Here’s a thought: If Alan Parker hadn’t directed his 1991 film version of The Commitments, chances are good I would never have read Roddy Doyle’s 1987 novel of the same name. That would have been a shame. When I started the book, though, I knew I was going to have a slight problem. The film version of The Commitments is not only a fine movie, it’s also one of my favorites.
Can Jimmy and Kim make things work? Where’s Nacho? Who’s following Mike? What’s Chuck planning to do with that recording he made? What’s going on with Gene the Cinnabon manager? And most of all, why is Kim so worried about that damned semi-colon? These are just a few of the questions that had me wondering this past week, after the Monday return of AMC’s Better Call Saul. I’m pretty sure I know
Sometimes, when I’m tooling around town or driving to and from work, I enjoy wondering about the lives of my fellow drivers. Think about it: How many times have you pulled up behind someone at a traffic light and thought, ‘Gee, I wonder what that person is thinking? I wonder what they’re all about? What do they like or dislike?” Being the kind of person who speculates about nearly everything, I’ve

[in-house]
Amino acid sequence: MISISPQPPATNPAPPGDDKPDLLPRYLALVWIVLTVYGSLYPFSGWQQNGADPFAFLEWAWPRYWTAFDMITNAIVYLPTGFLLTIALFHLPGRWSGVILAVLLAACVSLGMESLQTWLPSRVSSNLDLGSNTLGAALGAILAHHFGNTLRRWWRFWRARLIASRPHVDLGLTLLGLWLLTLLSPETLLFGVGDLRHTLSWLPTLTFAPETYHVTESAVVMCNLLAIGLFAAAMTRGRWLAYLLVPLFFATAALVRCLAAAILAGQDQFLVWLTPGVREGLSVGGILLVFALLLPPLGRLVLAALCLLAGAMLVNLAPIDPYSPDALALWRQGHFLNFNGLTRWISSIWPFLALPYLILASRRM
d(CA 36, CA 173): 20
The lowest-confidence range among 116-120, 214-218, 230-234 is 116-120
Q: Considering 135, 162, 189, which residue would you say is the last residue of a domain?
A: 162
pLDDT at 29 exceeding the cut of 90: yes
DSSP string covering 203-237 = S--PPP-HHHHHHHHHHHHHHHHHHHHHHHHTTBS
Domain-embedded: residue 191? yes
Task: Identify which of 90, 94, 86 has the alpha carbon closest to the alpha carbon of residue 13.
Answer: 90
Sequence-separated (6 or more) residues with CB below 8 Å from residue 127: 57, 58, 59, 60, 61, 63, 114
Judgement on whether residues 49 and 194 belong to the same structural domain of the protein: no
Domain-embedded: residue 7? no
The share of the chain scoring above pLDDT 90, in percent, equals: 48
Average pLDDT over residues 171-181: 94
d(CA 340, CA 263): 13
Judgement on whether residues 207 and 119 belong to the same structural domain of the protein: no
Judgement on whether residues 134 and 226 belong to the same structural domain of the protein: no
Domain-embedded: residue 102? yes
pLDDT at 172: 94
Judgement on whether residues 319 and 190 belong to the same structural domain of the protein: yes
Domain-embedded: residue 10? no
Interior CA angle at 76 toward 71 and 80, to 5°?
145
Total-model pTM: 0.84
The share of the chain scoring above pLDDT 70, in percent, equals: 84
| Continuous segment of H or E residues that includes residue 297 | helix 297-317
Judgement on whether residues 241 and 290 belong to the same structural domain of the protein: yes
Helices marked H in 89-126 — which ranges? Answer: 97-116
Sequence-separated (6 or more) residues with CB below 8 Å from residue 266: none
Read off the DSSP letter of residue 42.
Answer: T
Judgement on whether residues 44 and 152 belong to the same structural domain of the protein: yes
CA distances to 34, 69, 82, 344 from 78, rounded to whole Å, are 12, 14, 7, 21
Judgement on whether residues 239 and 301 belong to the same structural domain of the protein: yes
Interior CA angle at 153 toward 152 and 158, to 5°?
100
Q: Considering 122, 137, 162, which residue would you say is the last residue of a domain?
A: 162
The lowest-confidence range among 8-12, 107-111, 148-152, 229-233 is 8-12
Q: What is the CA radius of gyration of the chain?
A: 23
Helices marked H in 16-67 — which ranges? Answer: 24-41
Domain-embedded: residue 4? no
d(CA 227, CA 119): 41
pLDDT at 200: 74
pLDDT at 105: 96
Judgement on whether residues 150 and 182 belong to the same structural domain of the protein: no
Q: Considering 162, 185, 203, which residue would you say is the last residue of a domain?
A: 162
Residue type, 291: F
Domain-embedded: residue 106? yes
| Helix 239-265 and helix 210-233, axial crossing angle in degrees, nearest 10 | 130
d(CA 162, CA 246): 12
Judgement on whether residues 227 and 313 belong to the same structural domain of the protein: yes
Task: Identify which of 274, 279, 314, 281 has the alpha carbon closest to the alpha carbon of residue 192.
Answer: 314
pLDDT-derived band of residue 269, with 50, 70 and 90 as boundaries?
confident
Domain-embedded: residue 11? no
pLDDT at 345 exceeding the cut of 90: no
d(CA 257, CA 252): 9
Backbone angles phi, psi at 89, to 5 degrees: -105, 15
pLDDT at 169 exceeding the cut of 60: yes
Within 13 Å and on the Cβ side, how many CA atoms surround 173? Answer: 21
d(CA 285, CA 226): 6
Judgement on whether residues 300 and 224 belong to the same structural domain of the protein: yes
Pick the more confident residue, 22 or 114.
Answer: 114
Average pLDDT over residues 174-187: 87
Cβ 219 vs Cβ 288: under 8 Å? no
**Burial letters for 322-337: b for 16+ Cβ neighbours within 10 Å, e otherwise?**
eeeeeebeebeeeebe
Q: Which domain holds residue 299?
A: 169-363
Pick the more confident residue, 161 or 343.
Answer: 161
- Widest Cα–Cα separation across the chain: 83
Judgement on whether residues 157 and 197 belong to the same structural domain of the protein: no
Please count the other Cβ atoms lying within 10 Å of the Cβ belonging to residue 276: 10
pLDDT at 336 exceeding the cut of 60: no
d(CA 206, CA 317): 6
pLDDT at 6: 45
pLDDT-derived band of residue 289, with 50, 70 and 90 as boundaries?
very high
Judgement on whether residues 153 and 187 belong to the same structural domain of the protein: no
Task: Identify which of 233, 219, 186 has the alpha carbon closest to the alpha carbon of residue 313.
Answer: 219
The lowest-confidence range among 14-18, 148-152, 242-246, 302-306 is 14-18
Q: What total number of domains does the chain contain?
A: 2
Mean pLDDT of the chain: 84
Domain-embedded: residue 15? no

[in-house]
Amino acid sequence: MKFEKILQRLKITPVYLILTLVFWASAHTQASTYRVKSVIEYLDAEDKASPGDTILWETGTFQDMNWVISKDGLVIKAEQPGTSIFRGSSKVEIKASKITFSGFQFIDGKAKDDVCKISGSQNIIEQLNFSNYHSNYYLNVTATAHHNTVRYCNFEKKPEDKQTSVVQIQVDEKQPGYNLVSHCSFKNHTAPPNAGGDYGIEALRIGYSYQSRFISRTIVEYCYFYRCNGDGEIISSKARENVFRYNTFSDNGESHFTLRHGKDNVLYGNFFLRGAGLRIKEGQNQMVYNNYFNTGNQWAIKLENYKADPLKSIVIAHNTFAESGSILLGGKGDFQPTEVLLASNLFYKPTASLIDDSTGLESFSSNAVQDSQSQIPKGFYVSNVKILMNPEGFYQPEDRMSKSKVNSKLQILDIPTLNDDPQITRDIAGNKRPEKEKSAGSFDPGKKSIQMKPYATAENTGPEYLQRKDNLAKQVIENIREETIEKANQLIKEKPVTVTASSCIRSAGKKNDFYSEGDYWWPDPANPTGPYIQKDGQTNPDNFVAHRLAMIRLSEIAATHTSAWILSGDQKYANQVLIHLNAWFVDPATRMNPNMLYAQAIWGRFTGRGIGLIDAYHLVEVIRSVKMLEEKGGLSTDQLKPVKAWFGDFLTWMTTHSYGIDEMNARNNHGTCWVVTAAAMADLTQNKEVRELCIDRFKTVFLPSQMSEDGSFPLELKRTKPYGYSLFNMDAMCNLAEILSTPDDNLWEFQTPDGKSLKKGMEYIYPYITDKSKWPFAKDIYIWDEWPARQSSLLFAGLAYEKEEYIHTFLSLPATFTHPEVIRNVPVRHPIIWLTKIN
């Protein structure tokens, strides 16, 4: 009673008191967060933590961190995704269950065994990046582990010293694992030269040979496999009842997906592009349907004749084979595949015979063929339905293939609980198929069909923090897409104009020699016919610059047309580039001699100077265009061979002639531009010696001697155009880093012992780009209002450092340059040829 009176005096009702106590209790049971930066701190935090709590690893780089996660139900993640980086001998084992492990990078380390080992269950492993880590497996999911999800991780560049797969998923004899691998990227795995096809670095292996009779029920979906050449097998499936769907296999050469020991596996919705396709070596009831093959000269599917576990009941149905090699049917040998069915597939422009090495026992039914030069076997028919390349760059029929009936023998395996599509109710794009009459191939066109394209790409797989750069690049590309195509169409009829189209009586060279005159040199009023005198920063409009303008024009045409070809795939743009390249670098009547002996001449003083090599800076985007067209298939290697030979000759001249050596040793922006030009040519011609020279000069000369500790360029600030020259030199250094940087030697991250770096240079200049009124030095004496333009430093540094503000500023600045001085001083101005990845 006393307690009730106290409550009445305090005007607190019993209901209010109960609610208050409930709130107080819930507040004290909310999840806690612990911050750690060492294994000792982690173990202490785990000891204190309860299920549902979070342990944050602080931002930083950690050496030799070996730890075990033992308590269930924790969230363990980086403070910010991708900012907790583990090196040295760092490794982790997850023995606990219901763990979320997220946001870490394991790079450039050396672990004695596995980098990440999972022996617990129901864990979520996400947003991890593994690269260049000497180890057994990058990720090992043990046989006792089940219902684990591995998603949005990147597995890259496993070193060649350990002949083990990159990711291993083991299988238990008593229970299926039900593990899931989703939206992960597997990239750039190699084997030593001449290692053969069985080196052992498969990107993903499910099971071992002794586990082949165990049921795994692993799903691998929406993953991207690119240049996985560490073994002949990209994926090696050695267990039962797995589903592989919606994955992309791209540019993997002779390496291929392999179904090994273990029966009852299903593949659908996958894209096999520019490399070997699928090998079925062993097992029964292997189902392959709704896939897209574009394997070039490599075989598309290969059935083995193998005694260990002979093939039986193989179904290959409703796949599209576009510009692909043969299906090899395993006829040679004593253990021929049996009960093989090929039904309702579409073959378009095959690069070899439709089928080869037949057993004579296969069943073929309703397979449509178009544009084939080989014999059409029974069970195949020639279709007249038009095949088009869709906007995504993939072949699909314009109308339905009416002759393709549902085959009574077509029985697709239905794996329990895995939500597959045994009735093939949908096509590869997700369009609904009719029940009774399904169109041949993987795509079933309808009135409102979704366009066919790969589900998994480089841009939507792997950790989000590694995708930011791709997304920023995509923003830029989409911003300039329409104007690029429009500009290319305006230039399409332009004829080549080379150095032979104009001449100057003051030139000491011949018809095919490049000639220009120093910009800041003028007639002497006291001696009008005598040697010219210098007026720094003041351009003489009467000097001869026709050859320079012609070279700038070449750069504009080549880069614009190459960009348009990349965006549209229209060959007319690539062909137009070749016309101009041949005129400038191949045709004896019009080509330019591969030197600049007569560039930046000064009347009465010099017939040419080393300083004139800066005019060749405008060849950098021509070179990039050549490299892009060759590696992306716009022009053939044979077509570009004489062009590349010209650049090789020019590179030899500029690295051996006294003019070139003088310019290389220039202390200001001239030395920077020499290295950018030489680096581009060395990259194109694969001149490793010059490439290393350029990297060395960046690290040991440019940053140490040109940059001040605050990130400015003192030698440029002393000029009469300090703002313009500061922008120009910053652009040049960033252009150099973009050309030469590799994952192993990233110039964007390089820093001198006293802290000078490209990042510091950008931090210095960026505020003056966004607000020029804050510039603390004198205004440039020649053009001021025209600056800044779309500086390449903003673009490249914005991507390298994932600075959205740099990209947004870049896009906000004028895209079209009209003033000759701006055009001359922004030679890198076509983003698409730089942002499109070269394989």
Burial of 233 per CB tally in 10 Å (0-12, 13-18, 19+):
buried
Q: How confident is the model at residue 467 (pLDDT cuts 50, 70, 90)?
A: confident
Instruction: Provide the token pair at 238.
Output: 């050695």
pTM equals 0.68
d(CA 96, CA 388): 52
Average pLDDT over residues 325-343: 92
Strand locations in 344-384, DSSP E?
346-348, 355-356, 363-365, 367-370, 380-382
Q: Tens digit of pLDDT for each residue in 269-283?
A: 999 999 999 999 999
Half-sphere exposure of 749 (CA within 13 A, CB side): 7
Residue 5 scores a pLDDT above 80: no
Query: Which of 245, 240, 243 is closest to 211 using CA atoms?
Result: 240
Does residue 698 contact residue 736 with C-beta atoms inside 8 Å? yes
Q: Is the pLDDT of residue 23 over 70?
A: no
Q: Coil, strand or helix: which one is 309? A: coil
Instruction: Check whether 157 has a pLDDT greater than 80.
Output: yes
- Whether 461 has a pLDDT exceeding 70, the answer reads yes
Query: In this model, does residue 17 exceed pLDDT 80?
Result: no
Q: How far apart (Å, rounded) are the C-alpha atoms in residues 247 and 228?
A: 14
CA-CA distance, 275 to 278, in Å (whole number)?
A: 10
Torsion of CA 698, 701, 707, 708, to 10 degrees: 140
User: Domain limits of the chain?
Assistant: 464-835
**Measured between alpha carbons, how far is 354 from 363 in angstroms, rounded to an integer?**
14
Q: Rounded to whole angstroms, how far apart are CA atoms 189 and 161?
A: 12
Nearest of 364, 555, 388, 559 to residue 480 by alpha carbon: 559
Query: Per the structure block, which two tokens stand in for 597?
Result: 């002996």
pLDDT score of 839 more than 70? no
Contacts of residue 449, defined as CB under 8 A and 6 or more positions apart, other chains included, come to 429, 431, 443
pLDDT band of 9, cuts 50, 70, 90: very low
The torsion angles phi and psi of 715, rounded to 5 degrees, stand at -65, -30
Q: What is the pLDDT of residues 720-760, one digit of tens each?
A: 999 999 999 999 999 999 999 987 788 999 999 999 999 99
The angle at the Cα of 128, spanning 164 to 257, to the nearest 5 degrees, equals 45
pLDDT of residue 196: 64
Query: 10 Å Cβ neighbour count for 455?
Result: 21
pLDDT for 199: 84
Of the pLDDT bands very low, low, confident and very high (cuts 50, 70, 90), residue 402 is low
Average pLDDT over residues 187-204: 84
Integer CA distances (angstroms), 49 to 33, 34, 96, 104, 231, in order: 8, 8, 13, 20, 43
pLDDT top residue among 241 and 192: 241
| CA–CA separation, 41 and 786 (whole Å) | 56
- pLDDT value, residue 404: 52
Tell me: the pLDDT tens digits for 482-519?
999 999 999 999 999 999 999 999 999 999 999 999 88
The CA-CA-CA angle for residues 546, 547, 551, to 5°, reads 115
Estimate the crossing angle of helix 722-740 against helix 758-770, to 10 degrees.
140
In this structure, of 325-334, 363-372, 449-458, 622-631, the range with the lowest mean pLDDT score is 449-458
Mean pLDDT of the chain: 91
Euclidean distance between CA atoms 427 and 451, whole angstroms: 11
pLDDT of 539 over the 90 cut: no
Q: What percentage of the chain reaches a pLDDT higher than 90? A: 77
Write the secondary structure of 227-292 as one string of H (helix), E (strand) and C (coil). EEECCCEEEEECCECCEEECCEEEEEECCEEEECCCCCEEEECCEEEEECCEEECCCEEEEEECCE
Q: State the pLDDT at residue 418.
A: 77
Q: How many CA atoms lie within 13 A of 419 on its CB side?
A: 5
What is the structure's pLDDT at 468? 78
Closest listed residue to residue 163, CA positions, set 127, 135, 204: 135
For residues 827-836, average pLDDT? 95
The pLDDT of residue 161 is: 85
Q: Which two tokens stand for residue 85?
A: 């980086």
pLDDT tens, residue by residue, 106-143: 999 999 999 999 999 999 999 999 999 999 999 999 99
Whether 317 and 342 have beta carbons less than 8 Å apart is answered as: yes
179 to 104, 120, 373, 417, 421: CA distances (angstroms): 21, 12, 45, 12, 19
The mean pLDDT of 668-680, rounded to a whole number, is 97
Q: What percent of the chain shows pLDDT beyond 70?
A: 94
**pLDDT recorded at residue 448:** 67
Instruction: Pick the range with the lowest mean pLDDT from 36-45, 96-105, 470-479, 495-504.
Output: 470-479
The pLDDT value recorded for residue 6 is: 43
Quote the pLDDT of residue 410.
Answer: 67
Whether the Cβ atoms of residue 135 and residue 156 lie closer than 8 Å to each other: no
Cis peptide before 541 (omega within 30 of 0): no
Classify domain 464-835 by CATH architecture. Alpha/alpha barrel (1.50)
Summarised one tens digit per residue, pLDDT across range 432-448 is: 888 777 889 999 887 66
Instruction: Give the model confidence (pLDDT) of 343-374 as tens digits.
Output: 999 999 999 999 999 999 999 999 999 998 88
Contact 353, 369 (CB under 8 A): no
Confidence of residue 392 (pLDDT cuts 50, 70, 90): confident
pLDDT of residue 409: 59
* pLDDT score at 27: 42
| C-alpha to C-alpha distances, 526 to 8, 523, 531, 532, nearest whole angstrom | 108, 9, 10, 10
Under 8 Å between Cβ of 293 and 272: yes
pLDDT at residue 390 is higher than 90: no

They were running a low-level night jump in 36-knot winds, Larry Swenson’s last. Once the mission was done, he would leave the Army and take a long road trip, settling into whichever town along the way felt right to him. Maybe he would go back to school. Maybe he wouldn’t. He didn’t know for sure, and he didn’t really care. He just wanted to own his life again. Everyone had already
Tonight, after I polish my lesson plans, grade a few papers, and make a weekly call to my dad, I’ll settle down to my favorite Sunday evening activity, watching The Walking Dead. It’s one of the few shows I watch in real-time, and my routine is simple: I watch the latest episode, usually eating ice cream, and tweet spoiler-free commentary during the commercials. Tonight’s installment is especially significant because it’s
I I came to the city of Gold Creek in early May as the fitful spring winds were settling into early summer. The morning air was rife with the smell of lilac and the sound of lunatic birds tweeting and whistling from the huge oaks and maples that lined the streets of the finer residential areas near the college. Children played in the yards, dogs barked at anything and nothing,